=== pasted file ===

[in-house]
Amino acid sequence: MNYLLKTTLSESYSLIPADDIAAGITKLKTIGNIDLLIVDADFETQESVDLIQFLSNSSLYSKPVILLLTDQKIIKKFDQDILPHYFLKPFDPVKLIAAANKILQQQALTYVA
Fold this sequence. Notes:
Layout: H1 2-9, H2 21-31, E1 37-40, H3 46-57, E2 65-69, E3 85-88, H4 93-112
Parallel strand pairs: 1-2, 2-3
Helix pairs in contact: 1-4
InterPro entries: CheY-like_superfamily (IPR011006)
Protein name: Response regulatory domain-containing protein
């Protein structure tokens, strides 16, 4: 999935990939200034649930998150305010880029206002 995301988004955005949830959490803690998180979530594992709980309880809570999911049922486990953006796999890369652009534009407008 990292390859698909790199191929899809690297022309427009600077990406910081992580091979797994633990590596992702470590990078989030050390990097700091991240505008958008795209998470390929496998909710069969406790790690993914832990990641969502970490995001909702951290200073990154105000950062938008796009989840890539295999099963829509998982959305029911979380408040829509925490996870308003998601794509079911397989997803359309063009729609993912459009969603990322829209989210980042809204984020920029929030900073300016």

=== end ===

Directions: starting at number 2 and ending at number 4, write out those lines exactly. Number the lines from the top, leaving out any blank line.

Amino acid sequence: MNYLLKTTLSESYSLIPADDIAAGITKLKTIGNIDLLIVDADFETQESVDLIQFLSNSSLYSKPVILLLTDQKIIKKFDQDILPHYFLKPFDPVKLIAAANKILQQQALTYVA
Fold this sequence. Notes:
Layout: H1 2-9, H2 21-31, E1 37-40, H3 46-57, E2 65-69, E3 85-88, H4 93-112